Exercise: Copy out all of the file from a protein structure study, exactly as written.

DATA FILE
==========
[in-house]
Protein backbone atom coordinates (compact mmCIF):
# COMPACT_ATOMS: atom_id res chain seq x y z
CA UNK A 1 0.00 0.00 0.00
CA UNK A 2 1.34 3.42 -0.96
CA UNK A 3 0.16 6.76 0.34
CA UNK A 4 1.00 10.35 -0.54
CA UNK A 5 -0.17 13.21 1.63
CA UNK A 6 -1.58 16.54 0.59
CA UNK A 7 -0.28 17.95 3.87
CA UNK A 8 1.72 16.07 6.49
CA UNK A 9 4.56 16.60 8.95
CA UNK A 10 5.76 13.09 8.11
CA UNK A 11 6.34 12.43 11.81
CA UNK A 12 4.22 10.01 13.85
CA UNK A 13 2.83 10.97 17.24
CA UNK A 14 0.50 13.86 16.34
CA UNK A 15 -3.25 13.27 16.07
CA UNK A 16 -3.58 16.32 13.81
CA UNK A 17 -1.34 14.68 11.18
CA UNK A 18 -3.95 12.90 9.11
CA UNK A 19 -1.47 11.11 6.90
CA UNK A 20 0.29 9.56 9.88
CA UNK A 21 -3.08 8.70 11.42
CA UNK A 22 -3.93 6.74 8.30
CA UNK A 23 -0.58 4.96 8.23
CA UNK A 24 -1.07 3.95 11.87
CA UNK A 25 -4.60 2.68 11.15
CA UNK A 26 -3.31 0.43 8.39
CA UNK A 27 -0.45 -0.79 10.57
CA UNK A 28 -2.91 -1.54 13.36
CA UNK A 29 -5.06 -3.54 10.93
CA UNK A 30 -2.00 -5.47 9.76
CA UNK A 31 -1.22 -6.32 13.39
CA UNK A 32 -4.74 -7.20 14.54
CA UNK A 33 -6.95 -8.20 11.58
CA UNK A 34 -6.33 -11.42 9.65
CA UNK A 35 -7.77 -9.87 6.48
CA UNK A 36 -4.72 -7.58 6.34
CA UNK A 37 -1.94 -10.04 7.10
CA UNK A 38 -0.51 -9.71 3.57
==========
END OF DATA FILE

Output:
[in-house]
Protein backbone atom coordinates (compact mmCIF):
# COMPACT_ATOMS: atom_id res chain seq x y z
CA UNK A 1 0.00 0.00 0.00
CA UNK A 2 1.34 3.42 -0.96
CA UNK A 3 0.16 6.76 0.34
CA UNK A 4 1.00 10.35 -0.54
CA UNK A 5 -0.17 13.21 1.63
CA UNK A 6 -1.58 16.54 0.59
CA UNK A 7 -0.28 17.95 3.87
CA UNK A 8 1.72 16.07 6.49
CA UNK A 9 4.56 16.60 8.95
CA UNK A 10 5.76 13.09 8.11
CA UNK A 11 6.34 12.43 11.81
CA UNK A 12 4.22 10.01 13.85
CA UNK A 13 2.83 10.97 17.24
CA UNK A 14 0.50 13.86 16.34
CA UNK A 15 -3.25 13.27 16.07
CA UNK A 16 -3.58 16.32 13.81
CA UNK A 17 -1.34 14.68 11.18
CA UNK A 18 -3.95 12.90 9.11
CA UNK A 19 -1.47 11.11 6.90
CA UNK A 20 0.29 9.56 9.88
CA UNK A 21 -3.08 8.70 11.42
CA UNK A 22 -3.93 6.74 8.30
CA UNK A 23 -0.58 4.96 8.23
CA UNK A 24 -1.07 3.95 11.87
CA UNK A 25 -4.60 2.68 11.15
CA UNK A 26 -3.31 0.43 8.39
CA UNK A 27 -0.45 -0.79 10.57
CA UNK A 28 -2.91 -1.54 13.36
CA UNK A 29 -5.06 -3.54 10.93
CA UNK A 30 -2.00 -5.47 9.76
CA UNK A 31 -1.22 -6.32 13.39
CA UNK A 32 -4.74 -7.20 14.54
CA UNK A 33 -6.95 -8.20 11.58
CA UNK A 34 -6.33 -11.42 9.65
CA UNK A 35 -7.77 -9.87 6.48
CA UNK A 36 -4.72 -7.58 6.34
CA UNK A 37 -1.94 -10.04 7.10
CA UNK A 38 -0.51 -9.71 3.57